Good airflow is critical to engine performance, and Banks has designed a much better-flowing intake pipe for the 24-valve motor. Interference with the injector lines is prevented by using a Y-pipe design like the one Twin Ram uses for 12-valve motors, but it should be clear that the mildly scavenged bank piece flows better than the clunky factory design.

Cummins 24 Valve Performance Upgrades

Size matters. With a larger, lower-back-pressure, faster-reacting turbine and a better-fitting wastegate actuator, boost comes on faster and lasts longer. The Banks Quick-Turbo Turbine housing is shown here with the BigHead actuator. Compared to a standard T3 style actuator, the Banks unit has twice the diaphragm area and a spring that is twice as stiff. The result? Less wasted growth.

Racing Intake Manifold For Cummins 5.9l 24v Isb Cr [42747]

Get out, and the exhaust of the diesel engine is no exception. Good airflow is just as important to the exhaust as it is to the intact track, and extensive airflow testing was done before the parts shown here were built.

Piping is made of 4-inch mandrel-bent 409 stainless steel bank turbine outlet pipe, Dynaflow acoustically designed muffler with ceramic packing good for 1, 800 degrees, and tail pipe.

Compared to the above factory pieces, you can see the difference in the output of the banks. Luckily, you can’t really hear it.

As this graph shows, no two vehicles are exactly alike, and the test vehicle (also equipped with experimental electronics) has a top-end power pack outside the baseline. On the other hand, there is more usable power under the curve with a baseline of 2,500 rpm. Either way, around 100 extra horsepower are made compared to stock.

Compound Turbo 5.9l 12 Valve Cummins Engine

As with the horsepower curve, the experimental test vehicle exceeded normal above 2,500 rpm, but delivered valuable pulling power at low engine speeds. Of course, if you only have 400 lb-ft to begin with, either 650 or 700 pounds of torque is a vast improvement. As Banks favors usable torque at higher-rpm numbers, constantly upgraded engine management modules will be designed to fit closer to, and optimize, the powerpack’s curve. Our Stage 2 Commons Performance Head is designed for performance enthusiasts. Our Stage 1 Cummins Performance Head and D&G Stage 2 Bullet Intake Manifold includes everything from soft plug-in threads to the head, titanium valve spring retainers, and heavy-duty extra-large valve seats.

We’ve seen stock seats come off trucks, our heavy duty extra large valve seats solve this problem. Also, sometimes we’ve seen soft plugs come out from under the valve cover filling the crankcase with coolant. We fix this issue with a soft plugin thread.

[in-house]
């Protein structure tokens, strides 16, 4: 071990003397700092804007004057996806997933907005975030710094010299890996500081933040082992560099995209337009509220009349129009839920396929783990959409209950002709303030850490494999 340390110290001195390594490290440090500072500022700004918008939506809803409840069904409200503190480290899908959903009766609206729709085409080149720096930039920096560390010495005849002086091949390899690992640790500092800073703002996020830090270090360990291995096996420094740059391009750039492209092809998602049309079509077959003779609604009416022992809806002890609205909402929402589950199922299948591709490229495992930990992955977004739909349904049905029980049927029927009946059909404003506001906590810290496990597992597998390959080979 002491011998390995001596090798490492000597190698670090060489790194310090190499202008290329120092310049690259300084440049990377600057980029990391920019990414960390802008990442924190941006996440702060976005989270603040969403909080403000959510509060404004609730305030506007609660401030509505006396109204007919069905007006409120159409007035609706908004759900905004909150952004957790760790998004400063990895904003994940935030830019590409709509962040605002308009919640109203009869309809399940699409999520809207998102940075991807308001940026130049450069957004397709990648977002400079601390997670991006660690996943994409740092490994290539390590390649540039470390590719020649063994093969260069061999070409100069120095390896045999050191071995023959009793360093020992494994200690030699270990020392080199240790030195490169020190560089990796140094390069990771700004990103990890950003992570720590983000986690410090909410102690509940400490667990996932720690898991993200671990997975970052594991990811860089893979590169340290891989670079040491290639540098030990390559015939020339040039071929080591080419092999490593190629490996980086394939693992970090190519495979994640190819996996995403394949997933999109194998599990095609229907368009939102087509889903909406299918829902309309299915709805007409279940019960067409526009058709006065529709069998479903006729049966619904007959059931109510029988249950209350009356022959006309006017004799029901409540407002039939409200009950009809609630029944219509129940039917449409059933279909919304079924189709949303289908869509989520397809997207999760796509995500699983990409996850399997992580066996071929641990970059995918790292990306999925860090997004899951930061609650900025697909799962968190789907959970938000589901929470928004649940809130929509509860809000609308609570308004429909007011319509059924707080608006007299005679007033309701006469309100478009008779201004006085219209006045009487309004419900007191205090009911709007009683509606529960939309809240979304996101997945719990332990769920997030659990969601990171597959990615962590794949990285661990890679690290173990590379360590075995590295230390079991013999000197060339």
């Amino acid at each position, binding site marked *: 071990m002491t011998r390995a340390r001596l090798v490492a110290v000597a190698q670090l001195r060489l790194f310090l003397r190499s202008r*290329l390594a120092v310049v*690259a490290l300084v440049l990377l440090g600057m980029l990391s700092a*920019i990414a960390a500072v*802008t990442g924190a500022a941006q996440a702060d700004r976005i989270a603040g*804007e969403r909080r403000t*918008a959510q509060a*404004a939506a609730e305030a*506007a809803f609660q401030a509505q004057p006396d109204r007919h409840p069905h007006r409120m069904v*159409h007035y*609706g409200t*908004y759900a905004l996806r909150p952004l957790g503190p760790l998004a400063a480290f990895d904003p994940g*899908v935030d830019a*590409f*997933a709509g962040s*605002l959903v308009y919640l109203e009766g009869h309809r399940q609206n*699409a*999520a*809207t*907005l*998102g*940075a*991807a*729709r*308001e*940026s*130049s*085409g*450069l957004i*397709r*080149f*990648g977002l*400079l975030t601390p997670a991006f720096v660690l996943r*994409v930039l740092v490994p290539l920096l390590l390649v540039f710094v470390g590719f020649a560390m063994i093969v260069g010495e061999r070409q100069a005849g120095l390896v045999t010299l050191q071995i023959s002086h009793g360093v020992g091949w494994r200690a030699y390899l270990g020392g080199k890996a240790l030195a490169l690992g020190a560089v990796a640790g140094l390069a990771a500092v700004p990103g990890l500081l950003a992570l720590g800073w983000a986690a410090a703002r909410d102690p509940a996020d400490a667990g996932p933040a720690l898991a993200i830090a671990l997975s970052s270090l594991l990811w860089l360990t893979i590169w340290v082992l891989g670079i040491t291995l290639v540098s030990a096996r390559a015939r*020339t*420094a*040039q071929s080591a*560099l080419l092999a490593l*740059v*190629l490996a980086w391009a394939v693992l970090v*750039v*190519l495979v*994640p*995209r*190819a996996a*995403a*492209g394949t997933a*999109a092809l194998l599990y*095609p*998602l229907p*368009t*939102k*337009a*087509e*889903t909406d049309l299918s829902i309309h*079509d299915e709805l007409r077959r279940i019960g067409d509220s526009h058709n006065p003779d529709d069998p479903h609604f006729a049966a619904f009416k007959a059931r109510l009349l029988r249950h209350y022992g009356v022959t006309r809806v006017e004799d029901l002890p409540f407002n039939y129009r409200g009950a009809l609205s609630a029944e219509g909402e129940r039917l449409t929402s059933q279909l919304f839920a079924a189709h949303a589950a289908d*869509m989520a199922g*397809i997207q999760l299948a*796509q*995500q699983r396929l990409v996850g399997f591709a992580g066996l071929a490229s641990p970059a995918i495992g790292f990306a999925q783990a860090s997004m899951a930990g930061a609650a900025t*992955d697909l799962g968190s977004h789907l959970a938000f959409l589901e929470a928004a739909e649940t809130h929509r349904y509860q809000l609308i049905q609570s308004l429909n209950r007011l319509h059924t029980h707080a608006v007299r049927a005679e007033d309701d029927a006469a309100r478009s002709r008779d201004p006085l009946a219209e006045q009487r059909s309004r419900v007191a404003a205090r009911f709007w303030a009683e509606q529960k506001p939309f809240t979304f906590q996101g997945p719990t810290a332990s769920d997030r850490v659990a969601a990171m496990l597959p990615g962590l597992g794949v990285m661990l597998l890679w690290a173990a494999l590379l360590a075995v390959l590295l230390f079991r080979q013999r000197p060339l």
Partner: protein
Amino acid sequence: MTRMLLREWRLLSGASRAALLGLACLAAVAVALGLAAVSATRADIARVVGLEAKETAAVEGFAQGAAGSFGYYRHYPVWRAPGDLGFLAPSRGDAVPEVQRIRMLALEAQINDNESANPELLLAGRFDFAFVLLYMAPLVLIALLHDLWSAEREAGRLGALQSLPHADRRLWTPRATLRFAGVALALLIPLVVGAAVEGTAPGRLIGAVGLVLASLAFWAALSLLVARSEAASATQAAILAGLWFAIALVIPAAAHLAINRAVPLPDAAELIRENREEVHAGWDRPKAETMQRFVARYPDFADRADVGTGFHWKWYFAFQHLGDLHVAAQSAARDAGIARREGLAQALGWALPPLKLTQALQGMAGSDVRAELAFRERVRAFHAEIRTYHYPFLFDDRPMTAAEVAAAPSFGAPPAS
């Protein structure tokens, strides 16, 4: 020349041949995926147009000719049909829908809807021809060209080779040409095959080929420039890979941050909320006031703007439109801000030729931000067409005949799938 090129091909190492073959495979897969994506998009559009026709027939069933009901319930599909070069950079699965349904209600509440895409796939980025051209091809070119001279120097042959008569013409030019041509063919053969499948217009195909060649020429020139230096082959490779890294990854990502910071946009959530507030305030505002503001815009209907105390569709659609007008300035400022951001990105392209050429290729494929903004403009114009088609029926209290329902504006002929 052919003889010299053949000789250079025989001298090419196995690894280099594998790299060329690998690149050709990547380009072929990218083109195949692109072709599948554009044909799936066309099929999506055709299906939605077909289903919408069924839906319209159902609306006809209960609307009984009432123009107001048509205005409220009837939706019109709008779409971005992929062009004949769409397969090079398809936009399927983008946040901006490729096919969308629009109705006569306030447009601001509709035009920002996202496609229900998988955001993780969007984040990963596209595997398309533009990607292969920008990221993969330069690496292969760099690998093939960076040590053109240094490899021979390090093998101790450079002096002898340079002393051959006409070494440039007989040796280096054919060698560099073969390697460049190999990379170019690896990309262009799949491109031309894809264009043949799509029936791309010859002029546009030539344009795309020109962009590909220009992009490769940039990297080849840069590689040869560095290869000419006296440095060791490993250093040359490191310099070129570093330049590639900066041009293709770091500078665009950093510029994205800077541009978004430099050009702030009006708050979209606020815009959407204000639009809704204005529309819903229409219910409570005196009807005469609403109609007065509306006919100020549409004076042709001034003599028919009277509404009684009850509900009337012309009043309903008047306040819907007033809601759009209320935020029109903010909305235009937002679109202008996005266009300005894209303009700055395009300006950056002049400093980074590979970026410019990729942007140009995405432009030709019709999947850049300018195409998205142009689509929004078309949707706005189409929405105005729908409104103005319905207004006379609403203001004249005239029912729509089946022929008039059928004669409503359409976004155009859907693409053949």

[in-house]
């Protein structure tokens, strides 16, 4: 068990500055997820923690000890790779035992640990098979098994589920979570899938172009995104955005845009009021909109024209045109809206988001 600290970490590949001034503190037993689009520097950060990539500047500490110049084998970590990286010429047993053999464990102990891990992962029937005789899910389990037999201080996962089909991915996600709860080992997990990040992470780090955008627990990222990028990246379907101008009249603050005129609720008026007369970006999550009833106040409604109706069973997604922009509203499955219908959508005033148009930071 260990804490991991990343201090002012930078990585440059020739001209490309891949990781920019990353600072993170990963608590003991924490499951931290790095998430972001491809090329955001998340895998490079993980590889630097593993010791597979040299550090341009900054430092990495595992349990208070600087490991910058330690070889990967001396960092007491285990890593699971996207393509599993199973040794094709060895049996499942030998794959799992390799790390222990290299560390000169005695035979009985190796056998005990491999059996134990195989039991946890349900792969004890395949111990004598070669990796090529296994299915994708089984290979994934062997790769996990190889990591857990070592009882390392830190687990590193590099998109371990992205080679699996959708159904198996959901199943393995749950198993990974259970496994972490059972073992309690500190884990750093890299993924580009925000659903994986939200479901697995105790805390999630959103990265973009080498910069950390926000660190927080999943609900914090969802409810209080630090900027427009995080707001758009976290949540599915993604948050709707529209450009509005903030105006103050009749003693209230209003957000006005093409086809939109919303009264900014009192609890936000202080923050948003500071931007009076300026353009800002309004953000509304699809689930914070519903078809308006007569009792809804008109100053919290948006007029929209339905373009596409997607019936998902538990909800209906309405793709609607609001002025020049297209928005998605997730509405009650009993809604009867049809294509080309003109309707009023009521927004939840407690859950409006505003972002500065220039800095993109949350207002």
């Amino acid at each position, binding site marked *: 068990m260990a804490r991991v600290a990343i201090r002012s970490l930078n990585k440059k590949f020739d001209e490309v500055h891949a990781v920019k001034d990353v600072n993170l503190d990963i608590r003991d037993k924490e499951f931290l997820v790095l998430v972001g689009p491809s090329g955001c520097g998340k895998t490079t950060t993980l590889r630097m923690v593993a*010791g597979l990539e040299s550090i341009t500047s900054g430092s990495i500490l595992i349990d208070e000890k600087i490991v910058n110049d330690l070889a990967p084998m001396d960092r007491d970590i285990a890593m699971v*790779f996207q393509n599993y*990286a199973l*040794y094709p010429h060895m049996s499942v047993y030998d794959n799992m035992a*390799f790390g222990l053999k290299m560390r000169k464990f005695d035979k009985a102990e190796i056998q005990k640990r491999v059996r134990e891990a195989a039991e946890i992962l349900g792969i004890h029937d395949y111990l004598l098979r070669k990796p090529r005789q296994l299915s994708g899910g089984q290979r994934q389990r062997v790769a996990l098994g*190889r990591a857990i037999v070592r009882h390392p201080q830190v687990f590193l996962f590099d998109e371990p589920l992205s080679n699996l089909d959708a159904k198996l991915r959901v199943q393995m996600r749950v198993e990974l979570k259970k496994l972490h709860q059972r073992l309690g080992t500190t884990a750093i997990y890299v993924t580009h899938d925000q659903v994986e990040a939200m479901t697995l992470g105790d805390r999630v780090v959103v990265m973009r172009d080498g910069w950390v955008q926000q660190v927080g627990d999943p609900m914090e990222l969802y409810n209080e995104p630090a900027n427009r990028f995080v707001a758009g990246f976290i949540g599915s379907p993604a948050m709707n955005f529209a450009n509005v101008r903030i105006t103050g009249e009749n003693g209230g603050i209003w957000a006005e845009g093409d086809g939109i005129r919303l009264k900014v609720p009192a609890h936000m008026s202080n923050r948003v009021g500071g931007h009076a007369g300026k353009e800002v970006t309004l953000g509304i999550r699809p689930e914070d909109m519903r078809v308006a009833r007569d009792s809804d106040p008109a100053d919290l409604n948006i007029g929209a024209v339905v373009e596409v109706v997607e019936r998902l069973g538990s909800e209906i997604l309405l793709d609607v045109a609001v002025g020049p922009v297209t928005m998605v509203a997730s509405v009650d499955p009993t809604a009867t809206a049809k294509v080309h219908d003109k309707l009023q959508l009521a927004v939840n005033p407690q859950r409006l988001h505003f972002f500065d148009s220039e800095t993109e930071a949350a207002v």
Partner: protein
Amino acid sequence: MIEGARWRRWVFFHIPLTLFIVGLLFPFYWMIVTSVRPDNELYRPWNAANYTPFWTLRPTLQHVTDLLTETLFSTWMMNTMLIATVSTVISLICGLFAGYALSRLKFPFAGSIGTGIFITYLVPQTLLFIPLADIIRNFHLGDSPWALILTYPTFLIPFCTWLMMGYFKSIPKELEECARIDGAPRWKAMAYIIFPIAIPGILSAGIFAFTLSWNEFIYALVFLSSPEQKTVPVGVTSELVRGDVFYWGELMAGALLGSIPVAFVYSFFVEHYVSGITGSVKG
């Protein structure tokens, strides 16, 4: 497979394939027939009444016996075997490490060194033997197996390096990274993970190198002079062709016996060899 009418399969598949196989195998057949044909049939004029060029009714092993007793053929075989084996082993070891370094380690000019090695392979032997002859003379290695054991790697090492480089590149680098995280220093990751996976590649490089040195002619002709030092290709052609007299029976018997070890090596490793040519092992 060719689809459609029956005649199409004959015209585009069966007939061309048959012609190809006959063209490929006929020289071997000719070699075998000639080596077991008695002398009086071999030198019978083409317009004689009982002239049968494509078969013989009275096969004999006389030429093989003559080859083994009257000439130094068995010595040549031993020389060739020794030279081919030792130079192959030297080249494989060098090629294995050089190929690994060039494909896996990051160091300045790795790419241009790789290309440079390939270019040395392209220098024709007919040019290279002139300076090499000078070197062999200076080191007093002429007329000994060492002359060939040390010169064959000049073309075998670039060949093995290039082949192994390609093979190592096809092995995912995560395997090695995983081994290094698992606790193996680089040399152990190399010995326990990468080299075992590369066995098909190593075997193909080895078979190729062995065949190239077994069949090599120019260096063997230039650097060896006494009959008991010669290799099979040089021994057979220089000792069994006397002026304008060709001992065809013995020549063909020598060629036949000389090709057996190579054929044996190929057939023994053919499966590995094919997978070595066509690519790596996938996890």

Our belt replacement style intake manifold is designed to house the factory map sensor, air horn and throttle position sensor. We have seen that some intakes with side inlets force air into the cylinder across the inlet pipe. We’ve seen cylinders run 300-400 degrees hotter than the intake. In some cases even a melting piston. Since ours uses the factory air intake it mounts allowing the air to spread more evenly throughout the intake manifold. It also saves the user time and money by using their existing intake horn.

Cummins 24 Valve Performance Upgrades

Our Stage 2 Cummins Performance Head achieves intake flow up to 250 CFM and is the largest head we have available for a 5.9 bore engine. (stock is 165 CFM) Diesel of the Week Featured by Related Articles – Compound Turbo 12-Valve Cummins Engine – Triple-Turbo 6.6L LLY Duramax Engine – Triple-Turbo 12-Valve Cummins Engine

Oe Replacement 1989 1997 Cummins Dodge 12 Valve Diesel Long Block Engine 5.9l L6 (must Replace/test Injectors) Gpt5nn912v36aa

Growing up, Ethan Powell was one of those kids who enjoyed tinkering with dirt bikes, motorcycles, and really anything he could take apart and put back together. Ethan took his mechanical skills to construction where he worked as a laborer and drove excavators and stone trucks.

“Dealing with it, you get some breakdowns and unexpected failures, and it was a small company, so we didn’t have a dedicated mechanic to come out and fix that stuff,” Powell says. “It always piqued my interest and usually when someone came out, I was standing over their shoulder and just watching because I was curious.”

With the performance of the engine, Ethan became more interested in diesel and bought it